U.S. COMPANIES AND ISLAMIC LAW
October 13, 2005
If Islamic investors want to abide by Islamic law (sharia) on financial investment, nothing prevents them from doing so. But there is no reason for American banks, businesses and investment firms to introduce Islam or any other religion into the U.S. capital markets, says Rachel Ehrenfeld, director of the American Center for Democracy, and Alyssa A. Lappen, a freelance journalist.
Both say it is time for the United States to limit financial transactions involving American companies to governance by secular laws. The swelling oil revenues of the Gulf states have created demand from those markets for U.S. investments in banks, real estate and individual stocks. In their urgent desire to find new markets, Americans have opened the door to Islamist expansionism.
- The Dow Jones Islamic Markets index and Islamic U.S. banks and financial products cater exclusively to Muslims and advance the Islamic impetus to impose sharia-governed banking on the West.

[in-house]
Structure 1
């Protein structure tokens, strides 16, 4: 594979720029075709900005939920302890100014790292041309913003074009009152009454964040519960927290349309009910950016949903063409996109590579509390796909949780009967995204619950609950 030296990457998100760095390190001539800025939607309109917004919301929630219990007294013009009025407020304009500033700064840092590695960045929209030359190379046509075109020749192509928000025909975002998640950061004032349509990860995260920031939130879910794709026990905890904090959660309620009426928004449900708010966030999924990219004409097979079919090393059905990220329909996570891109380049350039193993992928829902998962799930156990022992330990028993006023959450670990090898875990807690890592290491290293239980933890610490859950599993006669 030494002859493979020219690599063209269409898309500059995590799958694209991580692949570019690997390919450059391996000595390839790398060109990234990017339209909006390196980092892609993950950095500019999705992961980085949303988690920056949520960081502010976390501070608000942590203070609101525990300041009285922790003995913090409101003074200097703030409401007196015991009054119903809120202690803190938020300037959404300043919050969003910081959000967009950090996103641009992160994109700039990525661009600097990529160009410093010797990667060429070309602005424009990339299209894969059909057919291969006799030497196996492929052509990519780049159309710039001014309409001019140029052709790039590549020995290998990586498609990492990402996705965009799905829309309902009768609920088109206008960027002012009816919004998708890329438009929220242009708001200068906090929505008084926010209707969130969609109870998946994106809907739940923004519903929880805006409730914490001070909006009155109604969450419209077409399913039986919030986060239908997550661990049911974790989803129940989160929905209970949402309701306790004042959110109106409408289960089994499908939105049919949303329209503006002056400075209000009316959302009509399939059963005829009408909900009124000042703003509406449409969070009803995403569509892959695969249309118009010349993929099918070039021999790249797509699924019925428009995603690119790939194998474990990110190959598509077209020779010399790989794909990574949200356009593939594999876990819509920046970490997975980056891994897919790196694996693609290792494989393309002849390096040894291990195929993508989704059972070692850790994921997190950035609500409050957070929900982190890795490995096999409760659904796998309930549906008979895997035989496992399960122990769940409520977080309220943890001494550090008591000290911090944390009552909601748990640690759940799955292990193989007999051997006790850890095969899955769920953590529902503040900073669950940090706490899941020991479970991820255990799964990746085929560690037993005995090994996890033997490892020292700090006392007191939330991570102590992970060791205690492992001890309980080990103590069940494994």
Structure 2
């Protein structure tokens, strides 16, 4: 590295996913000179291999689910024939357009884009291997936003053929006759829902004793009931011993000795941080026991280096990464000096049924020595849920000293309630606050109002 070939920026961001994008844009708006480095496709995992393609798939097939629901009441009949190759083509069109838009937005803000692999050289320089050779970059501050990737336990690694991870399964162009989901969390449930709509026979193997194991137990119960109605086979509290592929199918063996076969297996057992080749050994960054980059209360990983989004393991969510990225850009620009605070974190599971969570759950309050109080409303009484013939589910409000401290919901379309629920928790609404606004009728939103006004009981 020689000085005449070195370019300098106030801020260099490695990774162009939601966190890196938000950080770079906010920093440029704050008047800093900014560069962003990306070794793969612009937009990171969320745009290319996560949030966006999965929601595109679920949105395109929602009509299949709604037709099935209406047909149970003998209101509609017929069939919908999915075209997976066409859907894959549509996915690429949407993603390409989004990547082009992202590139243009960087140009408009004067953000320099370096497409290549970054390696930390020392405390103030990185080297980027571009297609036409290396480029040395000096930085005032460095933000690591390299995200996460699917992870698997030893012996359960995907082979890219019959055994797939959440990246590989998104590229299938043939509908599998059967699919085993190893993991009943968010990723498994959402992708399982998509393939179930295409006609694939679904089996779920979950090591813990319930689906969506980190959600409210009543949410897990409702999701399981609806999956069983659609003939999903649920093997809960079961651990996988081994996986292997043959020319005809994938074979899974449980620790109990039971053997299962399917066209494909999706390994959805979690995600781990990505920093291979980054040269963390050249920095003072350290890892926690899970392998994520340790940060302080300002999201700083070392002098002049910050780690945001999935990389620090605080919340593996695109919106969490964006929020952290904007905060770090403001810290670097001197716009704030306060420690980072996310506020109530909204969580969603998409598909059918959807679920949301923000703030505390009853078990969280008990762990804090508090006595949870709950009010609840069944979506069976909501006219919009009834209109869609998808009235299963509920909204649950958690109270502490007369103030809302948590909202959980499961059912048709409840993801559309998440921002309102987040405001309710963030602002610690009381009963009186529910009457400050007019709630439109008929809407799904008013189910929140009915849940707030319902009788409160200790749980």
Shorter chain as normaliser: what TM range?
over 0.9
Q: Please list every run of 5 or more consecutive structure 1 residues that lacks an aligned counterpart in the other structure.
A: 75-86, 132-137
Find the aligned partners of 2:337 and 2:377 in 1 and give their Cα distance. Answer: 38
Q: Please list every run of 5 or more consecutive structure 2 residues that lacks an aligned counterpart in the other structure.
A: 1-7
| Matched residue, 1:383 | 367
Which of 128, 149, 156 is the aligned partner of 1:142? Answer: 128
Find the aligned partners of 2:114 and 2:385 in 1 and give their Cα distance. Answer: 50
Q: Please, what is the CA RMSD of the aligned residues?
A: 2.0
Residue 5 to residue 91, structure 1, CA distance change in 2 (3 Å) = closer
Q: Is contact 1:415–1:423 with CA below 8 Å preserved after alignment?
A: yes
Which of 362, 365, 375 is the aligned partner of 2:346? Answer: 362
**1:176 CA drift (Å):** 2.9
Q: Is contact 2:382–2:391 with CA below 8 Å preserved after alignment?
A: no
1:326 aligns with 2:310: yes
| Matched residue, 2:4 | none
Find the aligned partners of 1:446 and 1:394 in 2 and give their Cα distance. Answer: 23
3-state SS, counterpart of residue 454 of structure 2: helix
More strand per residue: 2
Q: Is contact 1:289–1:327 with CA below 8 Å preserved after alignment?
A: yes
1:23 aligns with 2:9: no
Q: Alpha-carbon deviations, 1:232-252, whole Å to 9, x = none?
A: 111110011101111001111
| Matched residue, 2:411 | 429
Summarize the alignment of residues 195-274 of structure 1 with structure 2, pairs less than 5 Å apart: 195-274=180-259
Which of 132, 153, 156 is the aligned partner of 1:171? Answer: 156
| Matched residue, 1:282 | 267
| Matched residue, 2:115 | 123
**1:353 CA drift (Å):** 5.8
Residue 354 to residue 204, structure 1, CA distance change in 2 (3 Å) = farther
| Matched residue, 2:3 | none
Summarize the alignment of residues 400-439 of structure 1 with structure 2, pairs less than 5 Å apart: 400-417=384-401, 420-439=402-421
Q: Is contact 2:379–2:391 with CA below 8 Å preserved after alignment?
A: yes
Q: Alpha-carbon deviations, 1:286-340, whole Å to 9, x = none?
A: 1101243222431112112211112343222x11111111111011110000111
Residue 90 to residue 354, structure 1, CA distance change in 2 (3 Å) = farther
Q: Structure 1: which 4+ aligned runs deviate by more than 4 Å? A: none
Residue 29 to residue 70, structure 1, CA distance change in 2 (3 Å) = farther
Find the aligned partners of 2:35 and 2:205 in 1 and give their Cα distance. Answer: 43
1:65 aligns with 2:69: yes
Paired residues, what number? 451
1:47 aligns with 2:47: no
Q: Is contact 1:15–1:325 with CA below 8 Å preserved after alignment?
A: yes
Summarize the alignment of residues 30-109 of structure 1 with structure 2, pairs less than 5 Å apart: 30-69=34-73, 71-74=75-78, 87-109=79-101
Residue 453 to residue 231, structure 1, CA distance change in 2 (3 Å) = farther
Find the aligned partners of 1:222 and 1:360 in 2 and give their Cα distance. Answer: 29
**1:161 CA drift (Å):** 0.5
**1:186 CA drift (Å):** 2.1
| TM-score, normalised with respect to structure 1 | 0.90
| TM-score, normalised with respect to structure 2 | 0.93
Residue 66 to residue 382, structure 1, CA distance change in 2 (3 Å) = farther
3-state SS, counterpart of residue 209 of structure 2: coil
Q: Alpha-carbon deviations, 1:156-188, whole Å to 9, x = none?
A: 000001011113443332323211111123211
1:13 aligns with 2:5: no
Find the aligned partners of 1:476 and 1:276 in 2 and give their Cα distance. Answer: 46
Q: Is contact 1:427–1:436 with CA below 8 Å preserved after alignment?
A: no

- Michael J. T. McMillen, a partner at Dechert, and a pioneer in the burgeoning Islamic banking a finance market, aggressively solicits and accommodates sharia compliant transactions.
They advise American legislators, regulators and businessmen to follow the lead of Ontario's Premier Dalton McGuinty. The Islamic Institute of Civil Justice applied to arbitrate civil cases in the Muslim community according to sharia.
On September 11, McGuinty declared: "There will be no Shari'a law in Ontario. There will be no religious arbitration in Ontario. There will be one law for all Ontarians." He went on to explain that Ontarians will always have the right to seek advice from anyone in matters of family law, including religious advice, but religious arbitration will no longer be deciding matters of family law.
Source: Rachel Ehrenfeld and Alyssa A. Lappen, "U.S. Companies and Islamic Law," Washington Times, October 6, 2005.
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